Meatless Monday is an international campaign promoting people to become vegetarians for a day a week to improve personal health and mitigate carbon footprints.
Though the concept of Meatless Monday has been around since World War I, a large public awareness campaign was only launched in America in 2003, resurrecting the idea as a result of the growing health concerns. The movement made its way to Australia in 2009 and today many countries across the globe have become a part of it - Britain, Brazil, Norway, Japan, Canada, Taiwan, Croatia and Holland, to name a few.
Why meatless? In an effort to stay healthy and eat well, people often forget that too much meat (read protein) cannot always be good for the body as it can trigger cardiovascular diseases, diabetes and even cancer. So, the idea is cut meat consumption by 15% (equivalent of one day a week), reducing the risk of these preventable chronic diseases and thereby also limiting the amount of greenhouse gas emissions produced by the meat industry.
Replacing your meat intake with legumes, nuts, tofu, seeds, grains, seeds, in addition to fresh fruits, vegetables and other organic foods can go a long way in lessening your vulnerability to chronic ailments.
Why Monday? Studies indicate that habits initiated on Mondays are more likely to be followed throughout the week. Since it's the first day of the week, it psychologically helps us to set a routine for the week ahead. Thus Monday is considered the best day to begin a journey towards personal and environmental well-being.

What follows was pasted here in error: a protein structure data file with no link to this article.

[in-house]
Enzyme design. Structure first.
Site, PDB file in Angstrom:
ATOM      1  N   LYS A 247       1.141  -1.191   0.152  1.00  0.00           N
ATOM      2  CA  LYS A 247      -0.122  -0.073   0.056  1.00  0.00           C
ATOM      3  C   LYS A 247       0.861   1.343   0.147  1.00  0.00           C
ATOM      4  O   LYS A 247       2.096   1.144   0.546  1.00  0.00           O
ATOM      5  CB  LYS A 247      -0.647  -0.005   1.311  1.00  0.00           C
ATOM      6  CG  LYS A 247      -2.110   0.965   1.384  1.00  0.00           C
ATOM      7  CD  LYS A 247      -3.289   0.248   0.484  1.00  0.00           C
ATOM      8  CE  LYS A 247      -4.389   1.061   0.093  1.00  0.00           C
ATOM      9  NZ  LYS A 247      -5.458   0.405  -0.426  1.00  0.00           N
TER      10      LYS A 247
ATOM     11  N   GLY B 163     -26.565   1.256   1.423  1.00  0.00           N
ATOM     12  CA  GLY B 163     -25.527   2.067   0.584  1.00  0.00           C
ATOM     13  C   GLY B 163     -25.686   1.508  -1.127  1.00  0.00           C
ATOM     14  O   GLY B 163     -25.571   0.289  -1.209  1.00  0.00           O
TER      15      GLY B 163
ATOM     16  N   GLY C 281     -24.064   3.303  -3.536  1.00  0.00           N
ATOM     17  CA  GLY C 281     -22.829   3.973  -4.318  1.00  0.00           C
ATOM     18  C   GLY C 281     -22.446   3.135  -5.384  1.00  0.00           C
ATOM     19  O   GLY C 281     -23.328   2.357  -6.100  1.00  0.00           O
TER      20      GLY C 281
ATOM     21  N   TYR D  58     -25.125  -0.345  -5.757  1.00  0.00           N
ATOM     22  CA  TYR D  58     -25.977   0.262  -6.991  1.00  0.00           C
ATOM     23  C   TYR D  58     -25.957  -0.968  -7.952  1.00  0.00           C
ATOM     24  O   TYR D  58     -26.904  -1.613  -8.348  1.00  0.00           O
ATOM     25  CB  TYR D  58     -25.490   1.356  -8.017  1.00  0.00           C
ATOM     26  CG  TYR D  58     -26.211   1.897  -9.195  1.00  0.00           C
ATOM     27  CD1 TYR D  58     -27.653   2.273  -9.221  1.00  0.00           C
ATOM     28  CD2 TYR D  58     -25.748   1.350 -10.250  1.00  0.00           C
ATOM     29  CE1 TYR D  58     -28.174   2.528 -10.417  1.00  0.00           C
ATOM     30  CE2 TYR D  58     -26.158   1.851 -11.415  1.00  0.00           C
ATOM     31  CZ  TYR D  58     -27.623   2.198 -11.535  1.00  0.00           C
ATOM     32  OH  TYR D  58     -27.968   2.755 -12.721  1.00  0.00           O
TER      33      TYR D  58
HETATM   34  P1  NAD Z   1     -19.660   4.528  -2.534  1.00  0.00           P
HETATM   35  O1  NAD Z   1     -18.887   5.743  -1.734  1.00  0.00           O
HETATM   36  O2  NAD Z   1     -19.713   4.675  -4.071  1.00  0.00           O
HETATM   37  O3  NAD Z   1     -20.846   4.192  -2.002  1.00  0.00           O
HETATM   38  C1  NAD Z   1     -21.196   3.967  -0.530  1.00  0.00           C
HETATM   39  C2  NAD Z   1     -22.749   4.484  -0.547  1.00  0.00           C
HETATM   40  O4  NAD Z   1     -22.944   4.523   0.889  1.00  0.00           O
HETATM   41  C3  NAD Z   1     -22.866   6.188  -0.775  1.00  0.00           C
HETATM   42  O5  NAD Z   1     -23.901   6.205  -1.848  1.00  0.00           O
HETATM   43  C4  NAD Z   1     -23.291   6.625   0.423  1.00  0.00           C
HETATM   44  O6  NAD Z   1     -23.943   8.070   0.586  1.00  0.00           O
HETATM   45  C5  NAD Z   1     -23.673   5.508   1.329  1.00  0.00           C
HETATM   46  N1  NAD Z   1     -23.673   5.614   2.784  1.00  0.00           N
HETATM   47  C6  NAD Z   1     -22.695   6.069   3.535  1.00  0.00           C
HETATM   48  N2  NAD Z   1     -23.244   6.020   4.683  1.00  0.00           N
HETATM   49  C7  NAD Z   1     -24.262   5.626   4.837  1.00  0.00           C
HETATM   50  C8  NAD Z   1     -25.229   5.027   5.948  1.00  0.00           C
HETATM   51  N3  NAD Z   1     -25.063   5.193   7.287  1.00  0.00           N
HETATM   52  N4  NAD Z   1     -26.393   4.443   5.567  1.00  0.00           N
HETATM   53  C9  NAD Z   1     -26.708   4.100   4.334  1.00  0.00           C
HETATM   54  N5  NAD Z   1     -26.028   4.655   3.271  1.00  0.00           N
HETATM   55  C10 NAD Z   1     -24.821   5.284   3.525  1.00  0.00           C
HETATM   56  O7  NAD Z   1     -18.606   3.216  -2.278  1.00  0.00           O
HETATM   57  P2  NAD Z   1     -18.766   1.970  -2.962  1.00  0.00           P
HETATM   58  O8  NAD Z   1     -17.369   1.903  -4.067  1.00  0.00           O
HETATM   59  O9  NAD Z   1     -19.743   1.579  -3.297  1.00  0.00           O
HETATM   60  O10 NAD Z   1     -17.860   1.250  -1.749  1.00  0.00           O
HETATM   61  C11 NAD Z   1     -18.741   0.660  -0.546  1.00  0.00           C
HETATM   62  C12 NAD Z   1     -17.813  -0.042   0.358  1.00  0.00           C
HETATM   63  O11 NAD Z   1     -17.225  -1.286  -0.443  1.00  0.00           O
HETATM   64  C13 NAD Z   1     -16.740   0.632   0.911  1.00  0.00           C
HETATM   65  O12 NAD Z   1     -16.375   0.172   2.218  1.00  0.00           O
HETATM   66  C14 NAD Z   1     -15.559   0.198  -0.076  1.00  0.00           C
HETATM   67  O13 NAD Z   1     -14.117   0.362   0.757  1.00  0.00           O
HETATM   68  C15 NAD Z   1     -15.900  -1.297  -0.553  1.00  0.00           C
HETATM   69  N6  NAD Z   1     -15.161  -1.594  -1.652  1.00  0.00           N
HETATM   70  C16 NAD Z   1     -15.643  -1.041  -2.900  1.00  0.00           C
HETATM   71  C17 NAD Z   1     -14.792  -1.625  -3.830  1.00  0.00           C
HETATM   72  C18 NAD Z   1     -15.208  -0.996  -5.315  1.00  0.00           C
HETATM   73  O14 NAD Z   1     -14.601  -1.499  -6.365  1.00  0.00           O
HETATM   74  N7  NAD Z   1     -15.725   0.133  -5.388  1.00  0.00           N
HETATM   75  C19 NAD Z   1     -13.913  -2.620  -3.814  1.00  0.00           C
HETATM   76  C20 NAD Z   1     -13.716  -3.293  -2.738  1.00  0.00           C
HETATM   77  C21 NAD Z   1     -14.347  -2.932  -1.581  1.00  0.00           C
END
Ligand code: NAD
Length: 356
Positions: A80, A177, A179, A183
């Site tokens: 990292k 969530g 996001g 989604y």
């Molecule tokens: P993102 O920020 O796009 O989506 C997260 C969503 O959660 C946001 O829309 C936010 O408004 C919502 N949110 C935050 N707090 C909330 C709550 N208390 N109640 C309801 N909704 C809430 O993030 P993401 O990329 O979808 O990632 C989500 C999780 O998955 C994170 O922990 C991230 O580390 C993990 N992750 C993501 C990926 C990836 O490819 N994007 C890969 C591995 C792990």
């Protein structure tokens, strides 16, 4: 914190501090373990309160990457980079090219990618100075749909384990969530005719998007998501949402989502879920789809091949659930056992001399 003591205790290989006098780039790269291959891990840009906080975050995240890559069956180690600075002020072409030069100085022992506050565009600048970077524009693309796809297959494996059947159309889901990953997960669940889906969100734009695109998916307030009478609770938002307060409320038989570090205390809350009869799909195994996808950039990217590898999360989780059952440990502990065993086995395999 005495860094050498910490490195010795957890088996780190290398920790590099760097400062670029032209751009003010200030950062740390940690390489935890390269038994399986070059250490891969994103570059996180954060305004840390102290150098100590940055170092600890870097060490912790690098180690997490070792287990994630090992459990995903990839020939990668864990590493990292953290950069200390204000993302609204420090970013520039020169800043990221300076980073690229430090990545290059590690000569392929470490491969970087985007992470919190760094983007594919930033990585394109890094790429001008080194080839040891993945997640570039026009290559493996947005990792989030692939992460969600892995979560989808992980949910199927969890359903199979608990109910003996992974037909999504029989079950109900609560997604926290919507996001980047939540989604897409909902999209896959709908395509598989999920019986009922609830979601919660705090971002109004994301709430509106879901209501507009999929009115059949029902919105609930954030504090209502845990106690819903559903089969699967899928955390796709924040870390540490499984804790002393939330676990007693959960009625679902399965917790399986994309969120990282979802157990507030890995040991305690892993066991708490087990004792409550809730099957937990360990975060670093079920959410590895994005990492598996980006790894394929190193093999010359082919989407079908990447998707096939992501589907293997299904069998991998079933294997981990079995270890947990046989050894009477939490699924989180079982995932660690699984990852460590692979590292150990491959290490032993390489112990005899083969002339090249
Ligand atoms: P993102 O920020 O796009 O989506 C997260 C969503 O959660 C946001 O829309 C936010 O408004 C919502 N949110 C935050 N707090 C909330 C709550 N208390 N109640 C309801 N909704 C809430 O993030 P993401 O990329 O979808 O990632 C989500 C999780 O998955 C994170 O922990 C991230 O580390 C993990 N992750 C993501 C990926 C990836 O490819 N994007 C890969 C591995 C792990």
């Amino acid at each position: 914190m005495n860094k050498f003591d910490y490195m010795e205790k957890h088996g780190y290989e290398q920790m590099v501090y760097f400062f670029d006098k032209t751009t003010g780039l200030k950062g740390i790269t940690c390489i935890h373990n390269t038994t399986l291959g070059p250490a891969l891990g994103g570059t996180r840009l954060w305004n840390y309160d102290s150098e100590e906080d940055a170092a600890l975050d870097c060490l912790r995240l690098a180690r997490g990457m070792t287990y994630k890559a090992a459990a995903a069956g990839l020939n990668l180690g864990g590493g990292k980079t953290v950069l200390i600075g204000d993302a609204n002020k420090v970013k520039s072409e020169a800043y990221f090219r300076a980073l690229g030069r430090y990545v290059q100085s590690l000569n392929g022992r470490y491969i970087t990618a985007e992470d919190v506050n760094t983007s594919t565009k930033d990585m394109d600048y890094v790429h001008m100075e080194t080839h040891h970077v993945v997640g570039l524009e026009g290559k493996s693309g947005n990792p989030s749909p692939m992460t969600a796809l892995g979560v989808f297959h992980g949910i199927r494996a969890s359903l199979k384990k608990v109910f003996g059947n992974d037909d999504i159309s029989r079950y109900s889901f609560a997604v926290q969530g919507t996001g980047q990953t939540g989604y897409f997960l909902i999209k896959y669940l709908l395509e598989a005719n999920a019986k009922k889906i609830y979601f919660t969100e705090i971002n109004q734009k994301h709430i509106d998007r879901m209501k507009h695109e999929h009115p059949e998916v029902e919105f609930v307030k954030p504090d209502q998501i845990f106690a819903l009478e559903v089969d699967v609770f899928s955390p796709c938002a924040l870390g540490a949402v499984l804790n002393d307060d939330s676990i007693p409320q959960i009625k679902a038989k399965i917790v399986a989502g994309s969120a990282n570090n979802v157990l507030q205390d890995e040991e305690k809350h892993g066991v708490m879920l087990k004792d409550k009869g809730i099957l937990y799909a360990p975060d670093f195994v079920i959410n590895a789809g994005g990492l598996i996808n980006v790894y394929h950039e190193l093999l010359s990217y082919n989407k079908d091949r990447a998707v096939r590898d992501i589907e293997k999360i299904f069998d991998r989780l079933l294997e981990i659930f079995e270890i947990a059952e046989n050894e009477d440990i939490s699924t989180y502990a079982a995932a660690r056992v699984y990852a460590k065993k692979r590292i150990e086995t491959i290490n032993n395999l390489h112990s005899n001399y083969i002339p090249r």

According to the figures, animal industries account for 30% of Australia's greenhouse gas emissions. And considering the fact that this is the driest inhabited continent on the planet, we are most susceptible to the adverse effects of global warming and climate change.
Another astounding statistic suggests that it requires more than 50,000 litres of water to produce one kilogram of beef while, it takes less than 1,900 litres of water to produce one kilogram of soy or up to 1,500 litres to yield one kilogram of rice. Imagine the impact it will have on the ecosystem, if everyone avoided meat even one day a week.
The movement is slowly but steadily gaining popularity across the globe. Supporting the cause are many noted international names like, Al Gore, Lance Armstrong, Sir Paul McCartney, Gwyneth Paltrow, Kate Moss, Richard Greene and Simon Cowell.
I love the idea of this campaign. People need to realize that simply eating less meat is the first step, and they donít necessarily need to go completely vegetarian to make an impact. I hope people will learn how delicious vegetarian food can be!
By Joanna Eng - senior reviewer Saturday, 9th of April @ 02:36 pm
I second your opinion. Itís small steps like these that make the difference. To be honest, I was quite amazed by the facts and figures when I began researching on the subject. Iíve always been a supporter of vegetarianism but while speaking with a friend whoís an environmental scientist, I also realised the impact of such a movement on the ecosystem. The health benefits that ensue are well-deserved perks.
By A Behl - senior writer Wednesday, 29th of June @ 02:39 am